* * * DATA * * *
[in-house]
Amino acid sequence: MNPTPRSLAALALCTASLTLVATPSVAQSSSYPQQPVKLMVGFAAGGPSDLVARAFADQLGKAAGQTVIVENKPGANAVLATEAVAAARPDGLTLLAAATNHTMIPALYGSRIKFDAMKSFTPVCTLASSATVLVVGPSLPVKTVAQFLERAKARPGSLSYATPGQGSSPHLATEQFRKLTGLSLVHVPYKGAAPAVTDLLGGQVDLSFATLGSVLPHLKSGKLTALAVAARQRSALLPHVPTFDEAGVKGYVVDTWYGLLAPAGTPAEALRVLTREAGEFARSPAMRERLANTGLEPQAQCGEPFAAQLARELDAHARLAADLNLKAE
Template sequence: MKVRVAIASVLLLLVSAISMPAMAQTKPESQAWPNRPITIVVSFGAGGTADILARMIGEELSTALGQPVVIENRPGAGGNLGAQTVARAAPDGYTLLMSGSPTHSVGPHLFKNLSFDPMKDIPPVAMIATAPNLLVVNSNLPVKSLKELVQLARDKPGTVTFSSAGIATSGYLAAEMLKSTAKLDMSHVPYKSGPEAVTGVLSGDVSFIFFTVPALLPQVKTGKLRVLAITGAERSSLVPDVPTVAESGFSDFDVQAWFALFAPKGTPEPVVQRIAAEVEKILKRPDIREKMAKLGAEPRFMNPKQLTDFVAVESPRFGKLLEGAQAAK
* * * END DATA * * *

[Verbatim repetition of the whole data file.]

[in-house]
Amino acid sequence: MNPTPRSLAALALCTASLTLVATPSVAQSSSYPQQPVKLMVGFAAGGPSDLVARAFADQLGKAAGQTVIVENKPGANAVLATEAVAAARPDGLTLLAAATNHTMIPALYGSRIKFDAMKSFTPVCTLASSATVLVVGPSLPVKTVAQFLERAKARPGSLSYATPGQGSSPHLATEQFRKLTGLSLVHVPYKGAAPAVTDLLGGQVDLSFATLGSVLPHLKSGKLTALAVAARQRSALLPHVPTFDEAGVKGYVVDTWYGLLAPAGTPAEALRVLTREAGEFARSPAMRERLANTGLEPQAQCGEPFAAQLARELDAHARLAADLNLKAE
Template sequence: MKVRVAIASVLLLLVSAISMPAMAQTKPESQAWPNRPITIVVSFGAGGTADILARMIGEELSTALGQPVVIENRPGAGGNLGAQTVARAAPDGYTLLMSGSPTHSVGPHLFKNLSFDPMKDIPPVAMIATAPNLLVVNSNLPVKSLKELVQLARDKPGTVTFSSAGIATSGYLAAEMLKSTAKLDMSHVPYKSGPEAVTGVLSGDVSFIFFTVPALLPQVKTGKLRVLAITGAERSSLVPDVPTVAESGFSDFDVQAWFALFAPKGTPEPVVQRIAAEVEKILKRPDIREKMAKLGAEPRFMNPKQLTDFVAVESPRFGKLLEGAQAAK